Then, the urgent problem was to repatriate the people hack to their homelands while we had enough food for them. I had experience of this because I was with the northern armies and was liaison officer to Montgomery. I was working on those problems, visiting the camps and trying to report on how we would repatriate all the people. It was an immense problem.

In the north there were 20 million Germans and displaced people to look after and to feed. Housing had been destroyed and the standard of health was low. There were 2·5 million German prisoners of war and 1 million displaced persons—Russians, Poles, Hungarians and so on. In West Berlin alone there were 3 million people whom we had to feed, not from the hinterland, but from the western zone of Germany. There was one policy alone—everyone must go home. It was the same in Austria.

In addition to such problems, we were faced by the frightening attitude adopted by the Soviet Union under the leadership of Stalin. At that time our future was indeed precarious. In the biography of Eden written by my hon. Friend the Member for Cambridge (Mr. Rhodes James) Churchill is reported as saying that the situation was more dangerous in 1945 than it was in 1939.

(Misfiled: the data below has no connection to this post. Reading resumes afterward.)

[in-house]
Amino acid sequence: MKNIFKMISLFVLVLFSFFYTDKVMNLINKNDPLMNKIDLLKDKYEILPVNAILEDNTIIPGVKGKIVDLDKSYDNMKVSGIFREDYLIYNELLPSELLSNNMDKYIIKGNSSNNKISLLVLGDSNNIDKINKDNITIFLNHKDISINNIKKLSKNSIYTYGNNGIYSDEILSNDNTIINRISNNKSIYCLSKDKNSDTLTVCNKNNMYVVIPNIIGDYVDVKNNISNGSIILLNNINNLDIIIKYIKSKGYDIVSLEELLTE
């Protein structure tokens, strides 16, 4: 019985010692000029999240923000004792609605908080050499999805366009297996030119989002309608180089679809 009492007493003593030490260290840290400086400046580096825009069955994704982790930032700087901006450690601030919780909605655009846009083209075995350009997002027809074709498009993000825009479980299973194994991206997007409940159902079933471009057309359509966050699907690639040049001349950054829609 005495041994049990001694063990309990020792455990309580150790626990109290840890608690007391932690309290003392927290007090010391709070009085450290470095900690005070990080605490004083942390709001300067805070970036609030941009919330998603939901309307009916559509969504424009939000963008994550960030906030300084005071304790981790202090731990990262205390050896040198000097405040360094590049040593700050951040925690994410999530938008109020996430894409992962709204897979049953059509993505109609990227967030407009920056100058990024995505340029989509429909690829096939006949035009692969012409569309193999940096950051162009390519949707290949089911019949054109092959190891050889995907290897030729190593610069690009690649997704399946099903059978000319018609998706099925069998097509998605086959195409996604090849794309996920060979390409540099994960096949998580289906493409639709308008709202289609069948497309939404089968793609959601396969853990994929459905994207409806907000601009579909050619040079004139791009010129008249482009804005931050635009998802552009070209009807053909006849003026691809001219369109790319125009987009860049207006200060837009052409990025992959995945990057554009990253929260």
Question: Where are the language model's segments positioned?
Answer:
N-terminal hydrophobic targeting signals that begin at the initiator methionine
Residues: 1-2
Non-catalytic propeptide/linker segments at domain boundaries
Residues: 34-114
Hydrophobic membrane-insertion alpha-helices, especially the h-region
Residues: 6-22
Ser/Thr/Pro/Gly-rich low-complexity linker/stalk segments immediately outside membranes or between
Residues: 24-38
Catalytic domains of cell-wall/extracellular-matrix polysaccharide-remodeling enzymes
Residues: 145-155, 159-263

By far the most important factor in our discussions was, of course, the prisoners—the return of our prisoners to us and vice versa in the case of the Russians. My noble Friend Lord Barber wrote an interesting letter. He was a prisoner of war in Russian hands in East Germany, overrun by the Russians. He made an important point which was reported in a debate in the House of Lords in 1976. He was a member of an air crew which had been captured. His letter said: We realised at the time that we were being kept as hostages until the return of the Russians, who had been liberated by the British. If the Government had refused to return the Russians, I do not doubt that most of us would have accepted our unhappy lot as being a necessary consequence of the aftermath of war! That was a noble sentiment, but it did not wash at home. It would not have been in accordance with British public opinion at the time when the main desire was to get everyone back home. That is the background to events in Austria in 1945.